We are all faced with challenges as we make our way through life, some more than others, and it can be daunting as an adult, so it’s really hard to imagine how difficult life can be for young people today with all of the complexities of our world. Young people’s health is really important; poor health in adolescence can last a lifetime, however if they get the appropriate support this will positively affect them as individuals and society as a whole. We also know that early preventative measures including public health can make a huge difference.
Public Health England are really serious about improving the health and wellbeing of young people – we know if young people are supported as they move towards adulthood this will make a difference to their lives today and in the future. Here at PHE we ensure there is a clear evidence base to support our work and that health service providers such as school nurses, GPs, dentists, pharmacists and wider partners including youth services or teachers have access to sound information to support their work. It is so important that young people have access to consistent, clear messages and services which meet their needs and help them to make good choices about their wellbeing. We have some great materials for young people or those working with them can use – check out our Change4Life materials and the Rise Above website.
Within the Nursing team we work closely with school nurses, who have a vital role in supporting young people with their health and wellbeing. The title school nursing is confusing as many school nurses work both in schools but also within local communities – and during the school holidays! They also provide services in colleges and other settings such as youth clubs. The role of school nurses has changed; this is in line with the new challenges facing young people and to respond to how young people want to access support. They are working in the ‘digital space’ – providing both face to face and on-line or behind the screen support. School nursing is a confidential service; young people can get advice on general wellbeing, immunisations, bullying, mental health issues, weight management and sexual health, as well as more intensive support including advice on sexual exploitation or abuse. So it’s worth checking out what your local service can provide!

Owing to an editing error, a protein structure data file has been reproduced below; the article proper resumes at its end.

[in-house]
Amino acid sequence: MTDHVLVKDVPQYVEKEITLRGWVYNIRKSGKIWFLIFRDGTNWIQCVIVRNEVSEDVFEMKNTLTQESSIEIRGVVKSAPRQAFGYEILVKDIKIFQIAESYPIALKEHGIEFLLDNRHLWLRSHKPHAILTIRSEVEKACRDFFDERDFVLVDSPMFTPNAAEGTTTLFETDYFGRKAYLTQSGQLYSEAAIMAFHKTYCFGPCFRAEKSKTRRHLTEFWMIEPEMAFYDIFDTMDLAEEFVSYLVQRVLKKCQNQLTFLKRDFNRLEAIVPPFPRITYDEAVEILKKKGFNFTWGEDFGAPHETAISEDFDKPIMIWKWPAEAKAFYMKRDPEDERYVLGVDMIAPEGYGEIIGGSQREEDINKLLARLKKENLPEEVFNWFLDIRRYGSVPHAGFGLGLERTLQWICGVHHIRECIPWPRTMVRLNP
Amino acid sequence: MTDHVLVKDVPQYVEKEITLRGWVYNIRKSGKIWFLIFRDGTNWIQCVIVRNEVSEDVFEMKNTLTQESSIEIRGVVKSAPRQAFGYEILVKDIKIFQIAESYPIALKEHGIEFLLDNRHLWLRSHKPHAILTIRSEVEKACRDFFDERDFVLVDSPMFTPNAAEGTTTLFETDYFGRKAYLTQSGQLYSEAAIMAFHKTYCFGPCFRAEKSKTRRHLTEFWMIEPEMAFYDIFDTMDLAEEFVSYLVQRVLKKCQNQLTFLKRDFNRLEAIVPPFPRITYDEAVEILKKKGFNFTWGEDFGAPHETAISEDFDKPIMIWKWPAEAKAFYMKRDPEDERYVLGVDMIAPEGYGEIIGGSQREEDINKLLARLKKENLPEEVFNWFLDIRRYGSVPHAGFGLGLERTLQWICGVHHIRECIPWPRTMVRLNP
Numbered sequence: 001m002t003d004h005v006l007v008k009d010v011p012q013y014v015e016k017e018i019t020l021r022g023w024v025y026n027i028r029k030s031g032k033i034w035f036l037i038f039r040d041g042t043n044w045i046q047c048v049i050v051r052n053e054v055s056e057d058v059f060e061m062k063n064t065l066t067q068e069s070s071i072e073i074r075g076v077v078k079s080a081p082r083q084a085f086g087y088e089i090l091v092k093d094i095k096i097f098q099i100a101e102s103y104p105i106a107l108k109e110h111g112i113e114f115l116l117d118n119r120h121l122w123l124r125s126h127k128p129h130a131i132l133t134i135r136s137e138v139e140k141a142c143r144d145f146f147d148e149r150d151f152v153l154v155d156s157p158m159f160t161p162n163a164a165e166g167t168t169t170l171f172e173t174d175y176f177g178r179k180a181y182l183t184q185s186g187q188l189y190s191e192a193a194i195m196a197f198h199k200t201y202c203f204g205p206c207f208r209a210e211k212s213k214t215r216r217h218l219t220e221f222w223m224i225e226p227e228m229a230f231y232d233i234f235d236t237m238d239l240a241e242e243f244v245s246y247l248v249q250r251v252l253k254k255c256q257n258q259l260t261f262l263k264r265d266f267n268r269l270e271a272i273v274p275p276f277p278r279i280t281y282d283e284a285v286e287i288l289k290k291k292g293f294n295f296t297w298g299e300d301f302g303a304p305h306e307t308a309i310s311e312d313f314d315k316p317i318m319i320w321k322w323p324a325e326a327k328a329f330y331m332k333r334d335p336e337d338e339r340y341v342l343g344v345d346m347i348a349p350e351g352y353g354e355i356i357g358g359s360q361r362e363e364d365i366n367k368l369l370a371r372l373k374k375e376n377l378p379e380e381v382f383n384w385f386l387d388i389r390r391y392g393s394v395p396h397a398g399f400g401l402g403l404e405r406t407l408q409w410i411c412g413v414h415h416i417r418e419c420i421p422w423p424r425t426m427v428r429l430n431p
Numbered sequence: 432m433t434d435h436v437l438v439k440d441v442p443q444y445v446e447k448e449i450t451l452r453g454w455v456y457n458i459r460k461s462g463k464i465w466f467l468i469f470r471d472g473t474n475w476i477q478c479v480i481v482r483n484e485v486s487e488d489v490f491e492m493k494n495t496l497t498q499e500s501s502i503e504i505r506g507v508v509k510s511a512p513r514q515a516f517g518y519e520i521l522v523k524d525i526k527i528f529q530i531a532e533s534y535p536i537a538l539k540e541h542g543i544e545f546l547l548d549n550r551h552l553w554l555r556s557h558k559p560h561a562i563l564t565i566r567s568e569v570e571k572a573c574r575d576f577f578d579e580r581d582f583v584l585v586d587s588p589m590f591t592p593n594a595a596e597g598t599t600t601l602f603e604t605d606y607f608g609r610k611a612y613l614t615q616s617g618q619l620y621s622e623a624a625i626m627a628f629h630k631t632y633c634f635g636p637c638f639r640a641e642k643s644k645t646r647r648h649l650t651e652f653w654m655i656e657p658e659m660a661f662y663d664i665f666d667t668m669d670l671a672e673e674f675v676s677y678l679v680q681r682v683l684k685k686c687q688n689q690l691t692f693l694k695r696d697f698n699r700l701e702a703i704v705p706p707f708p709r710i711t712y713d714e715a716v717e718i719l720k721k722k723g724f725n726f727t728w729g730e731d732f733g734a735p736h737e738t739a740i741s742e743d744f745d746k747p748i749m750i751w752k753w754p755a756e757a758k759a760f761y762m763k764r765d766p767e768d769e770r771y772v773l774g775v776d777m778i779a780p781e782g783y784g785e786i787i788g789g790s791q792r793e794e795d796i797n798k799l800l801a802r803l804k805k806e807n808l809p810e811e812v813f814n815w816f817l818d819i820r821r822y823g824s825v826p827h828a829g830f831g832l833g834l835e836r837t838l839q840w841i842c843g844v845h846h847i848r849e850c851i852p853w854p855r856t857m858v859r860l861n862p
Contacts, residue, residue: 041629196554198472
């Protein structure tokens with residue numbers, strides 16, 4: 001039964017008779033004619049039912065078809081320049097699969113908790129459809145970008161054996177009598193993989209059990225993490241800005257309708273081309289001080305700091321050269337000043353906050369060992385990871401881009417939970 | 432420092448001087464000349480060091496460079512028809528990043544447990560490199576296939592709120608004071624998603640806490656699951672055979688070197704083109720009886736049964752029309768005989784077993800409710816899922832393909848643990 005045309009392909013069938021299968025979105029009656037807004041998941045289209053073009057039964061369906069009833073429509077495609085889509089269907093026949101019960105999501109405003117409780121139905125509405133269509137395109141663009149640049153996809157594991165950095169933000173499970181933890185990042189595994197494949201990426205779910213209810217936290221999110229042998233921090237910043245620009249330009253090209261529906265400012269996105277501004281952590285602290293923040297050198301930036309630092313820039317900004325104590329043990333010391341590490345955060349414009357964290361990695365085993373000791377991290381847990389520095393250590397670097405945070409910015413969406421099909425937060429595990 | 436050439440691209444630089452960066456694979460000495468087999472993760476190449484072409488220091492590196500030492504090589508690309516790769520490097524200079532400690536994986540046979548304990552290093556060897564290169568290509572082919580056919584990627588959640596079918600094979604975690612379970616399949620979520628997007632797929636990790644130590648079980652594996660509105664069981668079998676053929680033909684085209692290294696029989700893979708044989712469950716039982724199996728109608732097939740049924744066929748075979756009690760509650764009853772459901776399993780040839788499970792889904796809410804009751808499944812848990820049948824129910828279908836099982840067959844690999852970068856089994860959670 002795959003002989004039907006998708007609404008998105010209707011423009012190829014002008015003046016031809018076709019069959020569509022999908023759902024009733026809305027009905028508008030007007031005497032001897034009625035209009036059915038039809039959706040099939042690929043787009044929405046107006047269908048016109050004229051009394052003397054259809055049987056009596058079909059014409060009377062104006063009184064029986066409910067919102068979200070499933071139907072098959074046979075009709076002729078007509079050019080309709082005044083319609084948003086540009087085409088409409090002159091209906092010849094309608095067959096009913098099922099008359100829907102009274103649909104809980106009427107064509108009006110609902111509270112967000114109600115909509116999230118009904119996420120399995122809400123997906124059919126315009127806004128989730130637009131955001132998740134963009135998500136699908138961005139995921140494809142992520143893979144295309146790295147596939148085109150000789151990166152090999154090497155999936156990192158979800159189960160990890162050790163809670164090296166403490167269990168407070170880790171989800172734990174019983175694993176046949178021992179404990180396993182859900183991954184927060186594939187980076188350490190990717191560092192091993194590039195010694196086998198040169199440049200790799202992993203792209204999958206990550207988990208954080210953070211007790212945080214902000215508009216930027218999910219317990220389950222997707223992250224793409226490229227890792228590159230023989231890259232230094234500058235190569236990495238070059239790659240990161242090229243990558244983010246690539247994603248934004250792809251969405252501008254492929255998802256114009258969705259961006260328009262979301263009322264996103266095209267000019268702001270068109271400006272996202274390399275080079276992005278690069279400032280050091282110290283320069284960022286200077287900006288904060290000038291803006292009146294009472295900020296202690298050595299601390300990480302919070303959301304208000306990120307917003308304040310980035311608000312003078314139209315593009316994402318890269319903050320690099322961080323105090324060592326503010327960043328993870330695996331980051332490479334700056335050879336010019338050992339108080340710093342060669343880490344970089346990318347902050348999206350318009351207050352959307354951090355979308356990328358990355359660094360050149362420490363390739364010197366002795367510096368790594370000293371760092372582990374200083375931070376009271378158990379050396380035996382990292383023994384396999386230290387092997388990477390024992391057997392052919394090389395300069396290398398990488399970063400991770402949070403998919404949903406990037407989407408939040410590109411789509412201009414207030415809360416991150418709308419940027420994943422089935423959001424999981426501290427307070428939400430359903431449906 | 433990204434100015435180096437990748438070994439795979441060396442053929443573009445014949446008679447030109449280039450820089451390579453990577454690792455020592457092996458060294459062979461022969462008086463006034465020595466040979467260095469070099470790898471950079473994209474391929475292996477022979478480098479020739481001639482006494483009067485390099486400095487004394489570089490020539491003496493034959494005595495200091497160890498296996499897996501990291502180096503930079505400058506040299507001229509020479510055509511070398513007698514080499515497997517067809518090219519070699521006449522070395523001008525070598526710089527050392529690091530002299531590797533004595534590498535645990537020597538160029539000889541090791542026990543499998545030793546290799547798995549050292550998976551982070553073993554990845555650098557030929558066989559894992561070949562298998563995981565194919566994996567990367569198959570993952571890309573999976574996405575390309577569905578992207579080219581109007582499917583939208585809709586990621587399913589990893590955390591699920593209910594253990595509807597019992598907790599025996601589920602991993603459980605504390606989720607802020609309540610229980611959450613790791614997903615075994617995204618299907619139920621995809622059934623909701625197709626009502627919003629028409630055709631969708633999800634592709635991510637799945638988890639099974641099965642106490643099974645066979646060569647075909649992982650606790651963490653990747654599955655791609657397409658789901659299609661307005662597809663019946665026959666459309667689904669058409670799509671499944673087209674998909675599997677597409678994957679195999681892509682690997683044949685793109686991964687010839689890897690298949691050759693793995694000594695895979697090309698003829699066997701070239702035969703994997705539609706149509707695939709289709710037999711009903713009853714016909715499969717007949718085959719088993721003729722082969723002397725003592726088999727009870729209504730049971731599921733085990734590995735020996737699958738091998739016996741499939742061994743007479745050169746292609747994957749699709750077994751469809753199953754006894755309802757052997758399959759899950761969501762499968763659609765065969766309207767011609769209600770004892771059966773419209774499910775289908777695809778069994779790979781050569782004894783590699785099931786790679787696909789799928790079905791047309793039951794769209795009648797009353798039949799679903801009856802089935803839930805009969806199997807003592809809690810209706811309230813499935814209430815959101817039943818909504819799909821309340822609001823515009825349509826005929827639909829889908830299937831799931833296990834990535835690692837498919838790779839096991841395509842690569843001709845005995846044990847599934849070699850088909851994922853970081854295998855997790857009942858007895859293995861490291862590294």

Young people are not just ‘users’ of health services. They are and indeed must be active partners in shaping new service and improving existing services – the voice of young people is a must, if we are to get services and support right for young people. At PHE we are committed to working in partnership with young people – we have been leading the review of the You’re Welcome quality criteria, with NHS England and this has meant great joint working with the Association for Young People’s Health, the British Youth Council and the North West Region Youth Work Unit to ensure the refreshed standards are truly young people focussed. We know the standards can make a huge difference in ensuring local health services are young people friendly, which in turn means more young people are likely to seek help or support when they need it.
Young people are also vital health influencers and can create a real climate for change – so if you are up for a challenge perhaps you can encourage the young people you work with to join our social movement? Check out our junior antibiotic guardian programme!
Together we can make a difference now and for future generations.
Young people’s health matters – collectively we can make a huge difference to tackling the challenges such as childhood obesity, mental health and – but additionally we need to work with young people to find solutions that work and recognise them as valuable community based assets who can change the health and wellbeing of our society.
Wendy is the national lead nurse covering Children, Young People and Families at Public Health England. You can follow her on twitter.